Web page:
In celebration of International Women’s Day yesterday 8th March at the Journeys with “The Waste Land” Dry Run, we enjoyed a recital of the poem Wasteland – for Vivienne Eliot by Victoria Field read beautifully by Wendy Freeman.
Studying T. S. Eliot and the poem “The Waste Land” has revealed many facets of the life T. S. Eliot led with his first wife Vivienne. She was instrumental, along with Ezra Pound, for editing “The Waste Land”. It is claimed that Eliot was not sympathetic to Vivienne’s physical and mental health problems which put immense strain on the couple’s relationship. It was because of his own anguish that he went to Margate suffering from a mental breakdown himself, hoping for a recovery aided by the sea air. It was here he famously wrote parts of “The Waste Land” in the shelter overlooking Margate beach. The hasty and troubled marriage to Vivienne led eventually to a formal separation in 1933 and her brother, Maurice, had her committed to a lunatic asylum in 1938 where she died in 1947.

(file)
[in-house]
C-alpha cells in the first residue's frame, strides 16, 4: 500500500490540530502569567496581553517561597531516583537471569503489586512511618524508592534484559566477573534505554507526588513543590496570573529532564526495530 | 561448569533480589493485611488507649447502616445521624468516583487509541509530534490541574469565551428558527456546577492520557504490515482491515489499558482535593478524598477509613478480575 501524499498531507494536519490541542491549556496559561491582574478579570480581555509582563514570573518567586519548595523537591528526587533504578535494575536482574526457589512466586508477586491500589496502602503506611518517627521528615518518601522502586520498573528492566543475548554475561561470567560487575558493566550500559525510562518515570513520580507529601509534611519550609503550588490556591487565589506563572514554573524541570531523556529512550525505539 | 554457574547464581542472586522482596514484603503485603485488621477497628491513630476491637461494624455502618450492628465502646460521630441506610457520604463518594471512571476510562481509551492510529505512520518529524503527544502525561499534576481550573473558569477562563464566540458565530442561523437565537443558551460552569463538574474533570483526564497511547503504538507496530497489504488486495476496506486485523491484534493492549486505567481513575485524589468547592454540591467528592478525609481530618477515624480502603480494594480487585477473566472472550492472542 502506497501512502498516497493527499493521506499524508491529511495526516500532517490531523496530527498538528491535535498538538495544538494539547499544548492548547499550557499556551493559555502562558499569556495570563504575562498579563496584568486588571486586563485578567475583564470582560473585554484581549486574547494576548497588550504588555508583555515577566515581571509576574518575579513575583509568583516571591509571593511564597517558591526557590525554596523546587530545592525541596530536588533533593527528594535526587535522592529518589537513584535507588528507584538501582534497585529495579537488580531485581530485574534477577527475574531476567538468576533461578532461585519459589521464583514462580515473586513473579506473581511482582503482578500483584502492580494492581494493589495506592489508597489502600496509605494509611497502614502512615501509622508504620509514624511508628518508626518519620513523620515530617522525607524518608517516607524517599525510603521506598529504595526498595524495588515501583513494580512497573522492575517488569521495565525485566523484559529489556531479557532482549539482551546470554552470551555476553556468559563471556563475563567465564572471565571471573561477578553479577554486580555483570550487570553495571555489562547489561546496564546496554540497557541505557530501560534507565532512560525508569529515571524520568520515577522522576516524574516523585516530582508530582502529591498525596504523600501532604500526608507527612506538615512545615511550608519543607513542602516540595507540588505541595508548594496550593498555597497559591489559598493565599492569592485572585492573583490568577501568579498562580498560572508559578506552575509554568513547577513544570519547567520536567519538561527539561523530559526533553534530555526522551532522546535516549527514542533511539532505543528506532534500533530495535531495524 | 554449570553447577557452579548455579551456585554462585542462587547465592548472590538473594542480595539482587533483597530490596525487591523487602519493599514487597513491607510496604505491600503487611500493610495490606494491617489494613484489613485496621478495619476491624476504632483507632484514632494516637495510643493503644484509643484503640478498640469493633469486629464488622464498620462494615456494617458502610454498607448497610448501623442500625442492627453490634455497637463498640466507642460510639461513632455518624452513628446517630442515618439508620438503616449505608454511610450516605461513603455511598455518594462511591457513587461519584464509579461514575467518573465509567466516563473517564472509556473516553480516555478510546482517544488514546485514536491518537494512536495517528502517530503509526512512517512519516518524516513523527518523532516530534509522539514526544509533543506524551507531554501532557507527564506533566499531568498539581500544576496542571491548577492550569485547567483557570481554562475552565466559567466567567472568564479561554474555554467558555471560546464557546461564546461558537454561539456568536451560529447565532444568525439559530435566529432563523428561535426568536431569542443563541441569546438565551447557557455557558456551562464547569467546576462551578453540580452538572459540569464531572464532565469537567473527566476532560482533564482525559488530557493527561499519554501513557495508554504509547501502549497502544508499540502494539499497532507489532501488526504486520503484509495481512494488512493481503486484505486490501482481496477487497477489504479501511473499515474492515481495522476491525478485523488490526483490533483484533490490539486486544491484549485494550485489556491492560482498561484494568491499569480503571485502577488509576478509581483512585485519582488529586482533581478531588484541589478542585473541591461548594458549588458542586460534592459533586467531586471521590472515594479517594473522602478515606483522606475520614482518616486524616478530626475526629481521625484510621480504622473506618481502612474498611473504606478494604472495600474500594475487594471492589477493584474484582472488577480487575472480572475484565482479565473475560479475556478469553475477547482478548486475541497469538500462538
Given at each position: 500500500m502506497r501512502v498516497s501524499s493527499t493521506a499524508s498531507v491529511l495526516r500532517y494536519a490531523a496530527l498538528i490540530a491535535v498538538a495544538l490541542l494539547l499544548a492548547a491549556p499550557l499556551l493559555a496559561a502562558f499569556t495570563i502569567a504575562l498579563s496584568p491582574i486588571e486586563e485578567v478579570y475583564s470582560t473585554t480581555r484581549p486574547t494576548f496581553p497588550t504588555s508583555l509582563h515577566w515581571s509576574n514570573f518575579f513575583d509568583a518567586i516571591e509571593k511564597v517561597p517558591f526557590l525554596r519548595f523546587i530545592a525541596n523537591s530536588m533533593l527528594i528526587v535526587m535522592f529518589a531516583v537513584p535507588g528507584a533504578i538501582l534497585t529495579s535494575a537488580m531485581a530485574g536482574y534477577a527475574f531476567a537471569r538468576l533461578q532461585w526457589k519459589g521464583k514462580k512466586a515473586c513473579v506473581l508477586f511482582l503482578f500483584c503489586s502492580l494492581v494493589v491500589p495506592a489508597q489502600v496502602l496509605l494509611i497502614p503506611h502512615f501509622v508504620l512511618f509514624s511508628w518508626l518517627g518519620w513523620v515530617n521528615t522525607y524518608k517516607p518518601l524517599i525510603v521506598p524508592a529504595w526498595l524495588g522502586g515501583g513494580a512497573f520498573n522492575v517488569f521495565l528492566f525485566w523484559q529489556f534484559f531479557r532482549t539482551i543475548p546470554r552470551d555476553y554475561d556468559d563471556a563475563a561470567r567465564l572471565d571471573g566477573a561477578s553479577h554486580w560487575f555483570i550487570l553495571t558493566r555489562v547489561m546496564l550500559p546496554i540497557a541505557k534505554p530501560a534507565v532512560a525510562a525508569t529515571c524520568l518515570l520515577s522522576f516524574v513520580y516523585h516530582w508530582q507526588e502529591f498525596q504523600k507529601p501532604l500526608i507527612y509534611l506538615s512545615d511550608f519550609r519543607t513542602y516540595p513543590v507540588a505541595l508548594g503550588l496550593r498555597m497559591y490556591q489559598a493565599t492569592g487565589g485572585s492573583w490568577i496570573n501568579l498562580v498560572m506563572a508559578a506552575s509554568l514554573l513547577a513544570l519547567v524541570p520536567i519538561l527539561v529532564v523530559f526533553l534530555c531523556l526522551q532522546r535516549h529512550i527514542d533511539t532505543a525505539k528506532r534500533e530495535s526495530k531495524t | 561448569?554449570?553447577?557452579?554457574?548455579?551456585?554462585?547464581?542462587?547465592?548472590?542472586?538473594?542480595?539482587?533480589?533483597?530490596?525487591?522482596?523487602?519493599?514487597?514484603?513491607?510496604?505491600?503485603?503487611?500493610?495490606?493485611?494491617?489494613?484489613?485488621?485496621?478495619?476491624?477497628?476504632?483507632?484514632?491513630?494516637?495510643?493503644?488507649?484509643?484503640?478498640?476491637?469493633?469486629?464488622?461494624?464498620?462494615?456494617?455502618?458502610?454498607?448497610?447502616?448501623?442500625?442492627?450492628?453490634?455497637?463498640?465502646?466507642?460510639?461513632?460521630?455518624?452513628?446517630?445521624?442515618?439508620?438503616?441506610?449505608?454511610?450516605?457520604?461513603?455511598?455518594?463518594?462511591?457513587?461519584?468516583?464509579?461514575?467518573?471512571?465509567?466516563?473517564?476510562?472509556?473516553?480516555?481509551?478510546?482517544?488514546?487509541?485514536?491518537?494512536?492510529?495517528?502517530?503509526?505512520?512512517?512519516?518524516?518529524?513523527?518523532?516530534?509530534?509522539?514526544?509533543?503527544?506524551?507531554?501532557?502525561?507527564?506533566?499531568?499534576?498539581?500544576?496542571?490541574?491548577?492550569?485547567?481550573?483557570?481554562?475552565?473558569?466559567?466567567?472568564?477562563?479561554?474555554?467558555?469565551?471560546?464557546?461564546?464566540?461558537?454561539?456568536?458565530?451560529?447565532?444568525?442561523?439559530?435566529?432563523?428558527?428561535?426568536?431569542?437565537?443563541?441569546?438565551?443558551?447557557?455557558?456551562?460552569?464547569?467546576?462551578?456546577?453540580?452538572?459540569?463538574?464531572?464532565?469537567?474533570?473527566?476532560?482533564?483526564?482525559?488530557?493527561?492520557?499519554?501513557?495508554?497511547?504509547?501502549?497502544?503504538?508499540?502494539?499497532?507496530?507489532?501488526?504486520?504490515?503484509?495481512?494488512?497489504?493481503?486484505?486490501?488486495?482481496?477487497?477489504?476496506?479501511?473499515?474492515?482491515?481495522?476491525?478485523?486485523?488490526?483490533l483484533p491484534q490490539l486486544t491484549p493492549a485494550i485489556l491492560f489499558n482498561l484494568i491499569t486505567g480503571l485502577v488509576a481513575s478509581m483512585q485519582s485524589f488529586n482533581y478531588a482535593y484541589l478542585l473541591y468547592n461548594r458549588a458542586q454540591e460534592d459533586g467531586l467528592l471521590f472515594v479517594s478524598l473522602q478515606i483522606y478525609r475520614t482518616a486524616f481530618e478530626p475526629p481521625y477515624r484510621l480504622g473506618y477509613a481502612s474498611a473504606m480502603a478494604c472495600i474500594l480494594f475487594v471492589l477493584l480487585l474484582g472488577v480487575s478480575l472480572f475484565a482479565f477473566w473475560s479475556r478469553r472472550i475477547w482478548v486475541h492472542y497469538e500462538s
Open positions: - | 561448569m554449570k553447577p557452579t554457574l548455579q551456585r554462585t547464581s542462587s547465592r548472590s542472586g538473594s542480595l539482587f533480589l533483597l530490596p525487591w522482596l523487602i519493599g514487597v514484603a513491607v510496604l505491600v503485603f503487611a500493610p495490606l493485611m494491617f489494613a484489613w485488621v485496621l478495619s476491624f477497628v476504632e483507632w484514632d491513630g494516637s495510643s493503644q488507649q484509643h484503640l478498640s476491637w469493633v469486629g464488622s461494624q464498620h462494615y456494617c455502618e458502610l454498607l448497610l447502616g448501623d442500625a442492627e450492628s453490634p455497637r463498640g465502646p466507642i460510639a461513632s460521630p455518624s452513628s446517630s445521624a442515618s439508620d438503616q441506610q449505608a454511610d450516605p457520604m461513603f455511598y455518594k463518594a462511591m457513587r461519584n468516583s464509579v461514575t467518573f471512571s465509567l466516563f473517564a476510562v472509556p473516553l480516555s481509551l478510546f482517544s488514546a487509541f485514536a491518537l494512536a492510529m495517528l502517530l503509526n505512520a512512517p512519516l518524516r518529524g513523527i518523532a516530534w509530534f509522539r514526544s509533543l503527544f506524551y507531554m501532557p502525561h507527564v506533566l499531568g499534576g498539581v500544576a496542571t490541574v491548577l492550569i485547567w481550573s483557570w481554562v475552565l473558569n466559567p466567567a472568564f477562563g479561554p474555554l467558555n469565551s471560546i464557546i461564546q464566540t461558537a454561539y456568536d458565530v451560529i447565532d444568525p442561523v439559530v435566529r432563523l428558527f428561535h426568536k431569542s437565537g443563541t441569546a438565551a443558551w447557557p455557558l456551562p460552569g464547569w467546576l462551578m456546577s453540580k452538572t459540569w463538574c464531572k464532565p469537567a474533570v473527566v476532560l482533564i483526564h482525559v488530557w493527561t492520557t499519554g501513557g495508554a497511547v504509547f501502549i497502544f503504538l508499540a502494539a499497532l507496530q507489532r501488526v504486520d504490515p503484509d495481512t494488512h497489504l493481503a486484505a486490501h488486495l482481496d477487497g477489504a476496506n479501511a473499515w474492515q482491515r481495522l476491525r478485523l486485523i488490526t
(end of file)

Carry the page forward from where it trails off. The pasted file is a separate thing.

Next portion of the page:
Eliot said of his marriage to Vivienne:
“I came to persuade myself that I was in love with Vivienne simply because I wanted to burn my boats and commit myself to staying in England. And she persuaded herself (also under the influence of [Ezra] Pound) that she would save the poet by keeping him in England. To her, the marriage brought no happiness. To me, it brought the state of mind out of which came The Waste Land.”
Eliot, T. S. The Letters of T. S. Eliot, Volume 1, 1898–1922.London: Faber and Faber. 1988. p. xvii.